But I had hoped that after David Cameron came to visit me earlier this year following our exchange, he would have done more to protect families like ours. The money the government has allocated for short breaks and respite care - eight hundred million over four years - is not enough and worse still it's not going to be ring-fenced. So there's nothing to stop cash-strapped local authorities from using the money elsewhere.

I have no wish to put my daughter into a home. We want to look after her, all I am asking for is a little more support. Without this we simply cannot cope and nor can families up and down the country just like ours. We are crumbling.
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#4
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Hi well i know its really hard and do believe more should be done to help out families , i dont like the part that she said she would have to put her daughter into care . I'm sure their life is very hard on them but i believe you deal with what you have and can do . I know as a single mother with 2 children , my 1st is 14 years old and has no problems and a son who is 2 and a half with complex problems , who cant walk , talk or do a thing for him self at all , i dont have any help from his dad, my family or his social worker , every time i've asked for even someone to come to my house to help watch my son even for an hour i've had no help and been told i'll have no respite until he 8 years old . But i get on with it , their is days i feel like running away from it all . I know people in my own area who get everything given to them so it is unfair that different areas are treated different . Only help i get his from his dads family who would take my son once every 3 weeks to stay over night but that hasnt happened in months now due to an issue with his dad . I really do feel for people that find it hard at times but no matter how hard it gets i know i couldnt put my son in care , its a lot different when they reach being an adult . No-one ask's to have a child with problems but we find away of coping with it to give our children the best we can .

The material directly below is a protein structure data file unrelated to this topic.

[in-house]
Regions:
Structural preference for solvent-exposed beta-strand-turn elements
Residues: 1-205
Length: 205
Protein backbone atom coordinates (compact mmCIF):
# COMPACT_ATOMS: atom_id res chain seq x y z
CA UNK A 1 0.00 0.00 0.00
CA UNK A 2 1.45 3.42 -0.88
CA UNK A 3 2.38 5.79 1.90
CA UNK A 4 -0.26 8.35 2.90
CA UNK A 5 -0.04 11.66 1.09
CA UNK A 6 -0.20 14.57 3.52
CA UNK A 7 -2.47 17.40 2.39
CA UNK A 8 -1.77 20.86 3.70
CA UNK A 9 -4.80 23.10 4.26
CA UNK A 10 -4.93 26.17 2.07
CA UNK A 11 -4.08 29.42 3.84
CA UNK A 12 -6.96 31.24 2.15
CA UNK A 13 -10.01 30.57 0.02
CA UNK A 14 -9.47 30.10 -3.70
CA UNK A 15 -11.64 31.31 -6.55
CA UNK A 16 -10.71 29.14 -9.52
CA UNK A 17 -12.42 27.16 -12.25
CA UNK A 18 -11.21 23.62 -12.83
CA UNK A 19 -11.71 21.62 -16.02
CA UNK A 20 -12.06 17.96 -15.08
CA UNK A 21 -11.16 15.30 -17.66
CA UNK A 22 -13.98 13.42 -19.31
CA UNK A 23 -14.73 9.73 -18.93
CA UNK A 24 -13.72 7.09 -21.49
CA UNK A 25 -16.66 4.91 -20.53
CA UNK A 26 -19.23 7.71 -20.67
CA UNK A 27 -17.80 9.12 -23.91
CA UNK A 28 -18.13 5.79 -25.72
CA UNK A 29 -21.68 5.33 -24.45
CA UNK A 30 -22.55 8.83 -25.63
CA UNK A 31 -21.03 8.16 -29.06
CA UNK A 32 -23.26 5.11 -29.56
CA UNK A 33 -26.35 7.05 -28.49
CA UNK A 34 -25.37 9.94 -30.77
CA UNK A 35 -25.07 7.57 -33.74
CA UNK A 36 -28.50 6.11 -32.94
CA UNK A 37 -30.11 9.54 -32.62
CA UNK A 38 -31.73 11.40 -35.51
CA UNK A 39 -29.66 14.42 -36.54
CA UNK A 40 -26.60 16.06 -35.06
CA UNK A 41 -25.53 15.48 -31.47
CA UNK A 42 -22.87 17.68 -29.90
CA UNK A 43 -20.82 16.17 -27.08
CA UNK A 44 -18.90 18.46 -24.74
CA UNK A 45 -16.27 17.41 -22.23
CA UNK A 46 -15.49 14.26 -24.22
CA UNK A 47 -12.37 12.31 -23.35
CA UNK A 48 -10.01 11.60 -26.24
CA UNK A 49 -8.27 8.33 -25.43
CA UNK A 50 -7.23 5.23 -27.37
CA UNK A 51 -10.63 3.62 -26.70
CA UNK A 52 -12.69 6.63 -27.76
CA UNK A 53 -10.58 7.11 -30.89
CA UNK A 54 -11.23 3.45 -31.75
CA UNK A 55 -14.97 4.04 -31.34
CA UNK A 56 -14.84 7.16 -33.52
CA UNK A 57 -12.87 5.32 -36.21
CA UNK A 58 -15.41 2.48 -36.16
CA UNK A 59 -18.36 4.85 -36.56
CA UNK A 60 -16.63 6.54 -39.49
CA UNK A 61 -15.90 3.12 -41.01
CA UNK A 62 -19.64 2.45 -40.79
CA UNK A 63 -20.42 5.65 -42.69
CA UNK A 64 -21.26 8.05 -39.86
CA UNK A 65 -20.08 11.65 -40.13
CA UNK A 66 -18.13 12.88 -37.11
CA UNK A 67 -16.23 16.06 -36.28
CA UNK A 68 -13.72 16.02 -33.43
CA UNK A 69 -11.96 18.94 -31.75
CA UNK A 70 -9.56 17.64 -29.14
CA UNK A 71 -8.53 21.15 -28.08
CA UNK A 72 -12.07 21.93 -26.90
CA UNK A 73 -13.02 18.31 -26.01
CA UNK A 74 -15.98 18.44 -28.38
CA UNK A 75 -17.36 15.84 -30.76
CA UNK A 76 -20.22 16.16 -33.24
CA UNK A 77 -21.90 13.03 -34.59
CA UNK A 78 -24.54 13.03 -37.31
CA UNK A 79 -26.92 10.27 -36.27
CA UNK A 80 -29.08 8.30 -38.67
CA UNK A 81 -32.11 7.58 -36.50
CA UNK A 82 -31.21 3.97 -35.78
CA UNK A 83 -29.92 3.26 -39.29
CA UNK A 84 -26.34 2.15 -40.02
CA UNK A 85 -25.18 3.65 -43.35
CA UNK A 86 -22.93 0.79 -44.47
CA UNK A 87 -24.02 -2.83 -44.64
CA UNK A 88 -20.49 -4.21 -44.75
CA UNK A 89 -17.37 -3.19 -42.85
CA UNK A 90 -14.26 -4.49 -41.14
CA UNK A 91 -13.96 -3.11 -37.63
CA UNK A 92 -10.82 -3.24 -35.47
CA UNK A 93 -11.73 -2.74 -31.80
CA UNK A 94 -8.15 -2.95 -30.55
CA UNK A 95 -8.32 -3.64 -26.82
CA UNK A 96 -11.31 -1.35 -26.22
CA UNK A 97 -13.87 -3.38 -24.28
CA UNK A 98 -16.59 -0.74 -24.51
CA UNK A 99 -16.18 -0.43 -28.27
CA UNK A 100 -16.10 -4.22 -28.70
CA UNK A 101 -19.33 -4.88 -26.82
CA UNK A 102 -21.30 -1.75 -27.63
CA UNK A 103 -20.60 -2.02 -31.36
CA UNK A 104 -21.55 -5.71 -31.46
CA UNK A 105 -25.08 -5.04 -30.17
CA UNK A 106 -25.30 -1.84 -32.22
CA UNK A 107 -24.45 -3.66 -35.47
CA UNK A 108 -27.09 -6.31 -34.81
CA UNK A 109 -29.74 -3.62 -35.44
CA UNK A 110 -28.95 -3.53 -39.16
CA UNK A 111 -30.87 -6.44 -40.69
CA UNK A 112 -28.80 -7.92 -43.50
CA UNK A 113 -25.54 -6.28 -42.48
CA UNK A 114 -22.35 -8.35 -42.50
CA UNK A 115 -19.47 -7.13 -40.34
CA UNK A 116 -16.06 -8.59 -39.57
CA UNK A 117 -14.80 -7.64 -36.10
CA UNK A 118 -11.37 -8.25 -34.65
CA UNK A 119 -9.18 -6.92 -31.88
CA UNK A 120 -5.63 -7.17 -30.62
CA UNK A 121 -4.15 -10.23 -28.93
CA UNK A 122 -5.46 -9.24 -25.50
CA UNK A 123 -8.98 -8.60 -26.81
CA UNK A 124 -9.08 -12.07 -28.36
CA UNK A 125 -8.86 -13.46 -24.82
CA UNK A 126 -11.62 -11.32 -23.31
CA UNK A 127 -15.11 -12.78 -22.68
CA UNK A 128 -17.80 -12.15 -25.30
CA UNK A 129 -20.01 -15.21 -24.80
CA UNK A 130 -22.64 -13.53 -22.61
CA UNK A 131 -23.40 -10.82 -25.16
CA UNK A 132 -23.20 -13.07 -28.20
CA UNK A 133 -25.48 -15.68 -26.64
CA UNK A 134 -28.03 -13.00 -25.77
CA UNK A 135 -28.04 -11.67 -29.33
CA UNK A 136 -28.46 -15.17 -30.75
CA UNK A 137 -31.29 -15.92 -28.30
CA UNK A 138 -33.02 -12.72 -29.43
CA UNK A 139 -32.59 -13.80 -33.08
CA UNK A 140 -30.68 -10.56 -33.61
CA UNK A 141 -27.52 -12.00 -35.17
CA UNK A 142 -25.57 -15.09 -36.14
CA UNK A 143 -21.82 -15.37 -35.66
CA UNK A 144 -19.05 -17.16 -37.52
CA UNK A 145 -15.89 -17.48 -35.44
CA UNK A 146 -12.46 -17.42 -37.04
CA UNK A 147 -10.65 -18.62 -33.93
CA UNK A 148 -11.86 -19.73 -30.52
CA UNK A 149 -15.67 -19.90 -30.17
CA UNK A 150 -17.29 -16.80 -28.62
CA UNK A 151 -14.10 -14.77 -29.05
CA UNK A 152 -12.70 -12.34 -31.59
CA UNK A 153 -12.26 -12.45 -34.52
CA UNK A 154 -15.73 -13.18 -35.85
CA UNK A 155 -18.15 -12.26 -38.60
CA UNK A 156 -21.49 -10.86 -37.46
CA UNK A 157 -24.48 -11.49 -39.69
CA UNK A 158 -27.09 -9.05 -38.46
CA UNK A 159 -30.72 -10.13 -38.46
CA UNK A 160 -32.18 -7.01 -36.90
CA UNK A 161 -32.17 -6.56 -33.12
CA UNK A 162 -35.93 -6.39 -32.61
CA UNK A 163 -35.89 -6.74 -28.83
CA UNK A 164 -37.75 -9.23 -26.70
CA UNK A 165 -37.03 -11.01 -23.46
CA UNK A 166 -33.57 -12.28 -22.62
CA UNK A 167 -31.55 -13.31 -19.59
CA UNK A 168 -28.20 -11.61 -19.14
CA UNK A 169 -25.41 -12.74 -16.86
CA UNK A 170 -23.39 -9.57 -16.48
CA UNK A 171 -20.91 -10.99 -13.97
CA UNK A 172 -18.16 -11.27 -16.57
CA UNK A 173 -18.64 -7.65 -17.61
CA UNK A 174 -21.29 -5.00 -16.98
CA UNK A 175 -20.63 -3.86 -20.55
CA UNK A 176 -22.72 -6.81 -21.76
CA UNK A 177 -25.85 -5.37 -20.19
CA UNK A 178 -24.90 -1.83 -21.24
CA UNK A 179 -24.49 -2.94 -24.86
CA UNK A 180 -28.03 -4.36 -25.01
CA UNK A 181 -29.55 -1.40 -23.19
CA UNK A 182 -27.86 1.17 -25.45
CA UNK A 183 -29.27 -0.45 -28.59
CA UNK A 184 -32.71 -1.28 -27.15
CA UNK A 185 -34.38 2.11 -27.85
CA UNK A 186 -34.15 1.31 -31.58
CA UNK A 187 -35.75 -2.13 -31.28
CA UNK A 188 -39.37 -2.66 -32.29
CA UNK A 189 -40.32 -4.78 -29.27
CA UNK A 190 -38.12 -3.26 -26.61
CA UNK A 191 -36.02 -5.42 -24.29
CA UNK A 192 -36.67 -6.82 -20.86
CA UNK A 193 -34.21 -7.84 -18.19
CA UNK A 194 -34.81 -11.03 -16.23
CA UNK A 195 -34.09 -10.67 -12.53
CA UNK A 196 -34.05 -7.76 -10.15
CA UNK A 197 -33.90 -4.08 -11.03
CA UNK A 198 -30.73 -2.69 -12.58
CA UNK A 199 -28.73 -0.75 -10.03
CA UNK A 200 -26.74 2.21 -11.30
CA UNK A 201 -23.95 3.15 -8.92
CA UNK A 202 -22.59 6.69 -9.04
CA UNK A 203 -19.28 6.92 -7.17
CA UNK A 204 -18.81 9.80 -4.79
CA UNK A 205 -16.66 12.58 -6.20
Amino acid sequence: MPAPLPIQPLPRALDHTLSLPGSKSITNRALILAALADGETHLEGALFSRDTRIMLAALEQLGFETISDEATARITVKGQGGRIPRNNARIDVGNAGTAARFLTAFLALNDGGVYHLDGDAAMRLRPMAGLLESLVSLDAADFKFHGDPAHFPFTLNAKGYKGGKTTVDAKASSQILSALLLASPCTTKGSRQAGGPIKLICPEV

Single mum to a 14year old daughter and a son who is 3years old who has severe learning disability , hypotonia , hypermobility , visual impaired and sensory issues , he has showed me the meaning of life Heart and 3rd baby due 2nd of January 2012
#5
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I think this is just the start of how cuts will affect children with disabilities and it's a disgrace. We were told yesterday the commuity nurses who help us with Nate will no longer be available at the weekend due to budget cuts. We can manage, but it will mean frequent trips to hospital. I worry for the children who have more severe needs or are having palliative care at home, and how these things impact them.
This seems to be yet another example of society regressing. Without respite and other methods of support the pressure on parents in huge, especially where there are siblings too. it seems to be false economy and morally wrong as if parents can't cope emotionally, physically, or a Childs health suffers the only options are foster care, homes or hospital. So much for social reform and keeping children at home where they can be cared for and loved in their family environment. So much for an inclusive society. Hey i have an idea, why not introduce a way the poor, destitute or disabled can be housed, cared for, fed and supervised out of their home while helping the community, oh yes it's called a workhouse.
Rachel, Thea and Nate